The train came into the station and I got my first look at London for many years, the fading sunlight shining through the carriage windows. The orbital tether, miles to the east along the Thames was blinking like a modern day tower of Babylon. I stood and waited for the doors to open, the glass bubble of the semi-evacuated tube sealing itself against the oncoming rush of smells. I took a deep breath and smiled. I was home.
The apartment where I had lived as a kid was a resiplex now. The kind that housed a thousand tiny rooms. The Onward Veterans group had set me up with a temporary hab unit off Leicester Square and I navigated around the wreckage of an orbital weapons crater to find the right place. The people here were Londoners. They'd survived the Blitz. To them this was just another day, no worse than the Victoria line being closed.
I was struggling to find apartment 14271 when I heard the sound of tearing bags, a second before the beatific words of "oh shit".
A piece of fresh fruit rolled against my boot and I picked it up, studying it like a kid. Seven years of ration packs and whatever the ship's commissary kicked out rendered me enamoured by the beauty of it. I didn't even realise its owner was watching me until she coughed politely from behind.
"I'm sorry." I held out the small fruit but she smiled at me.
She was beautiful. Her face was tired, arms bundled with groceries and she wore the service uniform of an aux, but she was the most gorgeous woman I'd ever seen in my life.
"Keep it. I've never seen someone stare at a satsuma that hard before."
She walked past me and stopped, her back to the entry way of the apartment block.
"Would you mind?" she said.
My mind was still racing. A tour to the Belt and back and now I was flustered. I pulled open the heavy door and she smiled again as she walked through.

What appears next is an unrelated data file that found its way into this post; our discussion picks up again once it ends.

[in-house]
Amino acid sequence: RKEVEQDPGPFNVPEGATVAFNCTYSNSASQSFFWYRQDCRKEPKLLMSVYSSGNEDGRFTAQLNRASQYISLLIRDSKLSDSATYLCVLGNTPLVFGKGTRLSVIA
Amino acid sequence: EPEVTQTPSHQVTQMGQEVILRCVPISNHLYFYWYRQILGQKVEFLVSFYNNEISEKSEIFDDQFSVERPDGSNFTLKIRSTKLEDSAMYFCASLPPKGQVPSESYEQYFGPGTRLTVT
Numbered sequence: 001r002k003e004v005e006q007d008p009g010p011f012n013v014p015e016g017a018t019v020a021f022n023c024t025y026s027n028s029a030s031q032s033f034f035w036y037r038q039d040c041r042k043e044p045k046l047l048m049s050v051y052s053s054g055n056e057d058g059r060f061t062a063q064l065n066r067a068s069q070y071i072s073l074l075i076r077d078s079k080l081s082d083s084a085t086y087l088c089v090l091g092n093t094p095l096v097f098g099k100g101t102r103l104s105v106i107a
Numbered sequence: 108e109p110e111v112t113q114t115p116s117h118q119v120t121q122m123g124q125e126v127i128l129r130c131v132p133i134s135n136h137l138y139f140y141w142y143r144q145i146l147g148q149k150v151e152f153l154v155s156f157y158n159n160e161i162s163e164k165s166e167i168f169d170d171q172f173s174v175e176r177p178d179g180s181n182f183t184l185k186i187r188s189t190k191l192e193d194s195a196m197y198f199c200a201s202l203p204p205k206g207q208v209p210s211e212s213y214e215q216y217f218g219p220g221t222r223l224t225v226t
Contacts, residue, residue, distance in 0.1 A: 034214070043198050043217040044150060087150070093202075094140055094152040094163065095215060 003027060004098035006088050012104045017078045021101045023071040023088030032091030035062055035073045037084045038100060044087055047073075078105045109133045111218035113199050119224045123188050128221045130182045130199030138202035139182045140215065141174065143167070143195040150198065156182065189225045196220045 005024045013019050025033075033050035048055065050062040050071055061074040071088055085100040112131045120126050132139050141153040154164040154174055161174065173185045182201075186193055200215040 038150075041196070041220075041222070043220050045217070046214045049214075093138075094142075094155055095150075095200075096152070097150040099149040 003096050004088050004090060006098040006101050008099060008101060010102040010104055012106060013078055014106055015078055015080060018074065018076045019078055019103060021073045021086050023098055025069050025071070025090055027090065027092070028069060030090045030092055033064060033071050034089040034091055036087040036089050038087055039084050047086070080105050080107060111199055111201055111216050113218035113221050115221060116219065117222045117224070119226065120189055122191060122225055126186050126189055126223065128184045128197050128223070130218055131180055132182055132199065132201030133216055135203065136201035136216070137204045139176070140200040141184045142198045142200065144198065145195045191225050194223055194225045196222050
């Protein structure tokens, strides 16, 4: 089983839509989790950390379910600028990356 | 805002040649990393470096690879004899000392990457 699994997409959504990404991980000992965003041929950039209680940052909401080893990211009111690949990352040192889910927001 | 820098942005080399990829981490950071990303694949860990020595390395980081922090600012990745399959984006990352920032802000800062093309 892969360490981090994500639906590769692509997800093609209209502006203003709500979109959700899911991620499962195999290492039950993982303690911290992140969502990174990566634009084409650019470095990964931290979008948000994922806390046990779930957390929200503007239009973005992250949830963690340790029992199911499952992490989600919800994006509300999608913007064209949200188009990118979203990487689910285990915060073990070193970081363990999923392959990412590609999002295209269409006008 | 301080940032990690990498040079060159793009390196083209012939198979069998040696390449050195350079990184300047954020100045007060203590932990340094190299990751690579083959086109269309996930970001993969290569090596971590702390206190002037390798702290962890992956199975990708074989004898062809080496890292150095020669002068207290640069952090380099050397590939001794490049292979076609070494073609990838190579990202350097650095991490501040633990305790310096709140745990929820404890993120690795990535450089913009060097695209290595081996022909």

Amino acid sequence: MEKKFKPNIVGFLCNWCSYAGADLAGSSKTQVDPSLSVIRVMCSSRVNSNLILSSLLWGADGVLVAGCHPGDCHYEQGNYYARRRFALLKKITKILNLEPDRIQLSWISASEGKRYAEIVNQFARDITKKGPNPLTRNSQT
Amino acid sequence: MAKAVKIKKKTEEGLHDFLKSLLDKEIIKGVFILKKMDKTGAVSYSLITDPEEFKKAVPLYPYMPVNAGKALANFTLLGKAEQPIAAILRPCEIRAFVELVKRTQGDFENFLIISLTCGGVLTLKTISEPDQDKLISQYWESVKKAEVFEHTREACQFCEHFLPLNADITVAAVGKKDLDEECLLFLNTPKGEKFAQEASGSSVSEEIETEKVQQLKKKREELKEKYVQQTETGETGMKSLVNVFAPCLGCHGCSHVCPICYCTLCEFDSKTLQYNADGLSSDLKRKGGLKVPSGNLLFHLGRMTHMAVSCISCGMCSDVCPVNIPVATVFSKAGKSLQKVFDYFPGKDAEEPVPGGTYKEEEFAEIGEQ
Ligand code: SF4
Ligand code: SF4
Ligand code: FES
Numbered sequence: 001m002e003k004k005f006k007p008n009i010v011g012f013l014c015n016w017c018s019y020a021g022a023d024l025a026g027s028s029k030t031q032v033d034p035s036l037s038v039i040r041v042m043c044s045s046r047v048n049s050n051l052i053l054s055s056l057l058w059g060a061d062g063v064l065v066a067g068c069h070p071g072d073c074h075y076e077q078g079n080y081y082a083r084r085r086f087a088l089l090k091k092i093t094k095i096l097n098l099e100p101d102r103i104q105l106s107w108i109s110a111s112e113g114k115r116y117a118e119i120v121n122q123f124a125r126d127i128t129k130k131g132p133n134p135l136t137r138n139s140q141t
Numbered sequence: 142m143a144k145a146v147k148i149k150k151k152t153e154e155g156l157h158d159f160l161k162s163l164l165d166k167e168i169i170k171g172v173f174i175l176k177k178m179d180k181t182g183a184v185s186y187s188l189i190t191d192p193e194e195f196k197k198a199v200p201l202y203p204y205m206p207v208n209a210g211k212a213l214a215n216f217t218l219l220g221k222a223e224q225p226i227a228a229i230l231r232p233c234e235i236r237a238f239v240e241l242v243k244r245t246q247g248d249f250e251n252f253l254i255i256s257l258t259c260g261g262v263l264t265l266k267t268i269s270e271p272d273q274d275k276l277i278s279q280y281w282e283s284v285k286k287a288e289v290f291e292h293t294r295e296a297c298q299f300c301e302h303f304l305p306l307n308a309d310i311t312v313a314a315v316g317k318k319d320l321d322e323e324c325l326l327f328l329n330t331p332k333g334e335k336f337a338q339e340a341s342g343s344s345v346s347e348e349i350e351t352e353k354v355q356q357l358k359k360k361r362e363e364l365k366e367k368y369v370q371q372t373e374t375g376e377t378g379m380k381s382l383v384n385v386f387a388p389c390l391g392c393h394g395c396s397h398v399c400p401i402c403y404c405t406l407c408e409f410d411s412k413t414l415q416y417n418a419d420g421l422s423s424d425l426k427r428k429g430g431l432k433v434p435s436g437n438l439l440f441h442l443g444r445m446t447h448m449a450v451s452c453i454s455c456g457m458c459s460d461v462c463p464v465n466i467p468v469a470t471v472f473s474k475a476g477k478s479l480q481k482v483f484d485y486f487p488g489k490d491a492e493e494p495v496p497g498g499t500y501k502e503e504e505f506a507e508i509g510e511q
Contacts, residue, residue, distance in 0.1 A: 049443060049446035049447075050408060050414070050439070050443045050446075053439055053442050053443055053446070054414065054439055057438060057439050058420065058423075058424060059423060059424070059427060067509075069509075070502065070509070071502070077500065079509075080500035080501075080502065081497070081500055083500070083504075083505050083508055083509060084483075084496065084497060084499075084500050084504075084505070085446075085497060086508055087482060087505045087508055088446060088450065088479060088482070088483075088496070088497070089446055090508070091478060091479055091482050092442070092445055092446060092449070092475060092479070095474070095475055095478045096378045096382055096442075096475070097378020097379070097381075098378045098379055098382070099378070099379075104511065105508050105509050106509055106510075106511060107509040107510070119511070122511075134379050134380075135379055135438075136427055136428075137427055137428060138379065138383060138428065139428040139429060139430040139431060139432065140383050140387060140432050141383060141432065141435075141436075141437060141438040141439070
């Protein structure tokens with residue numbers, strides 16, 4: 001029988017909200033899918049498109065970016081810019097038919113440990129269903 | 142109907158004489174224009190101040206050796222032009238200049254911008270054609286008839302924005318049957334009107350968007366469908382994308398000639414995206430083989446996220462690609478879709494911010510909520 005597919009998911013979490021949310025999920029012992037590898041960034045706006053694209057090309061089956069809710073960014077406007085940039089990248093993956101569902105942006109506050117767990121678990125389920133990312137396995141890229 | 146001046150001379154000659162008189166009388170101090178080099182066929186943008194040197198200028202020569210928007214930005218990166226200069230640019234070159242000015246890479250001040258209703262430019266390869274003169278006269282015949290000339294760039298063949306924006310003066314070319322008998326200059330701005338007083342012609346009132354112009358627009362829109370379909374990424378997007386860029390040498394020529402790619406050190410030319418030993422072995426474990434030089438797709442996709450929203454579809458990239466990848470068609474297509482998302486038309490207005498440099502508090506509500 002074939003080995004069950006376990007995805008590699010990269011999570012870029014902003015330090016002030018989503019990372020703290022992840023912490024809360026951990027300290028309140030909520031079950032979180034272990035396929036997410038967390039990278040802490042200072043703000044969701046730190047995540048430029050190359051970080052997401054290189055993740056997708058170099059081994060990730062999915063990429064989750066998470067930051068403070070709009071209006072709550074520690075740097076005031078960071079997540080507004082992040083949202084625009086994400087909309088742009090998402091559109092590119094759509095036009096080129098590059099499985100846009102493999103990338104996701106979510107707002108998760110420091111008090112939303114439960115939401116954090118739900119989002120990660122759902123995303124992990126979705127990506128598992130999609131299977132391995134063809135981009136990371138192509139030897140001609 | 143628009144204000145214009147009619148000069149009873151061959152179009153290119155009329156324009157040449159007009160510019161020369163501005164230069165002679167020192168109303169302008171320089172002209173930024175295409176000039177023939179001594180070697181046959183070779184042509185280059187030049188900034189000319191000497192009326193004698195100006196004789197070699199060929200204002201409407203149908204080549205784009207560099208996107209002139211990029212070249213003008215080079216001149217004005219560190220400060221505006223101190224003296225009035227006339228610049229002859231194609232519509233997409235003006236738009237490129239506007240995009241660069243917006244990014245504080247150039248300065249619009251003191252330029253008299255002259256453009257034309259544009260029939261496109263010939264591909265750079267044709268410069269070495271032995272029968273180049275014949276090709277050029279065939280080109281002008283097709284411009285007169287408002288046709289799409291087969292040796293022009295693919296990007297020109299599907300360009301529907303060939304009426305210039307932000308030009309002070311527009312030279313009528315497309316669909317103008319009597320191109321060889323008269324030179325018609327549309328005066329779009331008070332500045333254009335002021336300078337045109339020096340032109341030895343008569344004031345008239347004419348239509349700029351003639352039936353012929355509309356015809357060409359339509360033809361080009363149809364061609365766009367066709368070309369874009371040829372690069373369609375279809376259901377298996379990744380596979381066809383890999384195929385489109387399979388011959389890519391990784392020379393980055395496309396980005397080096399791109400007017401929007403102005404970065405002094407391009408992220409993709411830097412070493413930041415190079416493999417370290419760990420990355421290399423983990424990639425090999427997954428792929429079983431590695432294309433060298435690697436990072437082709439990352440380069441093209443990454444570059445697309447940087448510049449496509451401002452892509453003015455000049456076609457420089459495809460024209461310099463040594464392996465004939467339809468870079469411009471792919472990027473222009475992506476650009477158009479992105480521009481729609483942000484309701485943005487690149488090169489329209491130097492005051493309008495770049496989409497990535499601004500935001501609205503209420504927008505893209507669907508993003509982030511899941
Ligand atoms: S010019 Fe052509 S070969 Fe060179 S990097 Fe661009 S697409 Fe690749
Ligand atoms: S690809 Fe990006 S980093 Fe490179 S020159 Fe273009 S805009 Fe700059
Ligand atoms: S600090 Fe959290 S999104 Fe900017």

"Do you live here?" she asked.
"14271," I said.
"When did you move in?"
"The military don't help you? Give you anything when you leave?"
I shook my head and she turned away. I'd never been one for handouts. I'd found my own way, enlisted, got my musterpay and clothes on the way out. I'd tried wearing them. Jeans and shirts, but only my jumpsuit felt right.
"You from London?" she asked.
I didn't mind the questions. I'd spent my last sortie with one bunch of guys. We knew every detail of everyone's history. It was good to meet a stranger.
"Born and raised. You?"
"You work in the aux?"
The patch on her jacket made that obvious but she answered me anyway as we waited for the lift to descend a hundred floors or more.
"Yes. But I can't say much more than that."
"Thank you," I said.
"Knowing the folks back home were working towards the war effort. Made us feel like we were in it together."
"I just write reports. Nothing like you."
The lift arrived and we stepped in together. I looked at the panel, the buttons and displays unlike what I'd left. No floor numbers. She giggled and handed me her armful of produce to hold.
"14271?" she asked. I nodded and she punched in the number, followed by her own. A dozen floors above me.
"Do you know anyone here?"
"A few guys from my old unit live in the Midlands. A Captain who retired a while back, if he's still around."
"A sister on Luna. She's got a kid now."
"Six, seven. No, twelve. Dammit."
She just smiled. No judgement. The doors opened and I stepped out on my floor. I caught the closing doors with my boot and handed back the items I'd carried most of the way up.
"See you around soldier", she said.
I shuffled down the hall, my boots echoing like gunshots. Noises filtered out of some apartments. Families, life. My door was there and I stood, waiting. I opened it, my thumb print turning the handle green as I gripped it, and entered the largest private space I'd had since boot.
It was dark and cold and the wind was whipping against the windows. The lights didn't come on. No amount of hitting pads and buttons seemed to help.
I dropped my duffle bag on the stripped bed and sat. It wasn't much. Eight feet wide, maybe double in length, but it had everything I'd need to get back on my feet. The OV would get in touch they said, make sure I was adjusting okay. I pulled out the card they'd given me and considered calling it. I wasn't used to being alone. Every minute for the past seven years I'd been part of something. Now I was by myself with no orders laying out my day.
I gave up getting the apartment to come to life. Power, water, nothing worked. I shut the front door and got back in the lift.
She had changed when I knocked on her door. The aux jacket was gone, replaced by an oversized t-shirt for a football team I'd been a supporter of once, before they were relegated and I was shipped out. She looked at me in the gap the chain allowed.
"Hi," I said.